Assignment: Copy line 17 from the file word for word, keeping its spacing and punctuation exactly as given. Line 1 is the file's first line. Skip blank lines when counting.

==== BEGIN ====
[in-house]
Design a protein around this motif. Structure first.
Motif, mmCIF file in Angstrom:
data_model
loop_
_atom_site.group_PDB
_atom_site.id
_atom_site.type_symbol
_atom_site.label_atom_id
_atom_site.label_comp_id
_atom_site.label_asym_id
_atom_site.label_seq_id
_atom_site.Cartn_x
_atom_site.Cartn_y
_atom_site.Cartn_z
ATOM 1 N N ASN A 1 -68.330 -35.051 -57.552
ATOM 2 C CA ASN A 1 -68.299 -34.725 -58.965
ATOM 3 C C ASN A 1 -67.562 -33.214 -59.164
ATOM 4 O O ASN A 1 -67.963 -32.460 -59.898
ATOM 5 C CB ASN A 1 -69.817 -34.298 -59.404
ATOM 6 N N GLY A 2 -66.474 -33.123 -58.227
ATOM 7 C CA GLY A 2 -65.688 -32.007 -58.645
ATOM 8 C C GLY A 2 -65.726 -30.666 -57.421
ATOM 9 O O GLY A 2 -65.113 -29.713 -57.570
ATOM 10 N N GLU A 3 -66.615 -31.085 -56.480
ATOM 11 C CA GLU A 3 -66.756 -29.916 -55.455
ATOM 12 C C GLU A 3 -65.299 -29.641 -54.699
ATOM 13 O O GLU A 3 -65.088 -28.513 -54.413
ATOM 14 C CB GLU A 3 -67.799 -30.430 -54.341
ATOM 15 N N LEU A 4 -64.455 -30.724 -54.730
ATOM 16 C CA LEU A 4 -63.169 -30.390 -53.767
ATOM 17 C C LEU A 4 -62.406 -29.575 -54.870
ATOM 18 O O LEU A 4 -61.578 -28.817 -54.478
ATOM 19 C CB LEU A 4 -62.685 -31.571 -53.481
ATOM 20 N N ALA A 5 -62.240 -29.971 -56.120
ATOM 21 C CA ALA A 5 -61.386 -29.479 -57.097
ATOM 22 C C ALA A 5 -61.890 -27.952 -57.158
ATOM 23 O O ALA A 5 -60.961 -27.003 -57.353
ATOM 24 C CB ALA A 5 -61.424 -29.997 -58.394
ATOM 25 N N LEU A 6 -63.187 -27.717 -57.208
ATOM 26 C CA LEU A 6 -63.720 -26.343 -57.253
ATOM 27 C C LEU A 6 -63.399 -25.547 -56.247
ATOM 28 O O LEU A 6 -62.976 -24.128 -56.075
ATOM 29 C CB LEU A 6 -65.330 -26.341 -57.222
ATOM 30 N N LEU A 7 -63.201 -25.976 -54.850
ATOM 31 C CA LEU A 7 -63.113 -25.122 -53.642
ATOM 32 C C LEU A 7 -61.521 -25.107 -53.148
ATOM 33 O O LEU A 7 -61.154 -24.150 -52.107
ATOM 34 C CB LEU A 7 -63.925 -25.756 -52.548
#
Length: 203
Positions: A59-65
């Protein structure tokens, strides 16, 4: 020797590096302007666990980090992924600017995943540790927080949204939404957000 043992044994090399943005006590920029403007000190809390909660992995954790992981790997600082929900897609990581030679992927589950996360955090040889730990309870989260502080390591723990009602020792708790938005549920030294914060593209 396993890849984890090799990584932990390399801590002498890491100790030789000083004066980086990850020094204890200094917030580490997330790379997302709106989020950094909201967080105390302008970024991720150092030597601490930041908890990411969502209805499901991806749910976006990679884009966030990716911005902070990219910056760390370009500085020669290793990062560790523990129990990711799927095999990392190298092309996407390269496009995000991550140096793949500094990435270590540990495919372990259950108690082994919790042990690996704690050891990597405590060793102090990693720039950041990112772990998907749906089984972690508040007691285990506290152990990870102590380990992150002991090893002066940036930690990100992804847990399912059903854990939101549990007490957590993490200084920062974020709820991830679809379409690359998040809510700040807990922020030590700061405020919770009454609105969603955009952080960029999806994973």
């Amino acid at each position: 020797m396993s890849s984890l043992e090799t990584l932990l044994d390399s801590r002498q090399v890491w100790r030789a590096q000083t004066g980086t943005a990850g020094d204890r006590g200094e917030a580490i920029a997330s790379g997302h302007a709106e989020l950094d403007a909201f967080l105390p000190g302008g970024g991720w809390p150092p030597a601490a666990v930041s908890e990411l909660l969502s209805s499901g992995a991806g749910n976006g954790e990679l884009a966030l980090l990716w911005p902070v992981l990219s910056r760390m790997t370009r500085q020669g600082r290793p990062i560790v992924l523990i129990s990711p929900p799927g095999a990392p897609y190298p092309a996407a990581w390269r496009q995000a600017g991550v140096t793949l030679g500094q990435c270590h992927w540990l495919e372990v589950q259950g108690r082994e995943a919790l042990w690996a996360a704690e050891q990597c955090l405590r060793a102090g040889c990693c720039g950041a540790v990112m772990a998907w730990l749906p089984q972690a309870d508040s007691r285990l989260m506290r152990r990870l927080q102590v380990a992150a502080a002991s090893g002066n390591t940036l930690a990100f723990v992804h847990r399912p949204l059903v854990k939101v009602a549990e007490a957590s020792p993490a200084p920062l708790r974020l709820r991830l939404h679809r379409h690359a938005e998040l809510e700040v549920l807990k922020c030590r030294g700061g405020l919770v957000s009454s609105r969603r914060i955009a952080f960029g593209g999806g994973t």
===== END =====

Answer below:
ATOM 2 C CA ASN A 1 -68.299 -34.725 -58.965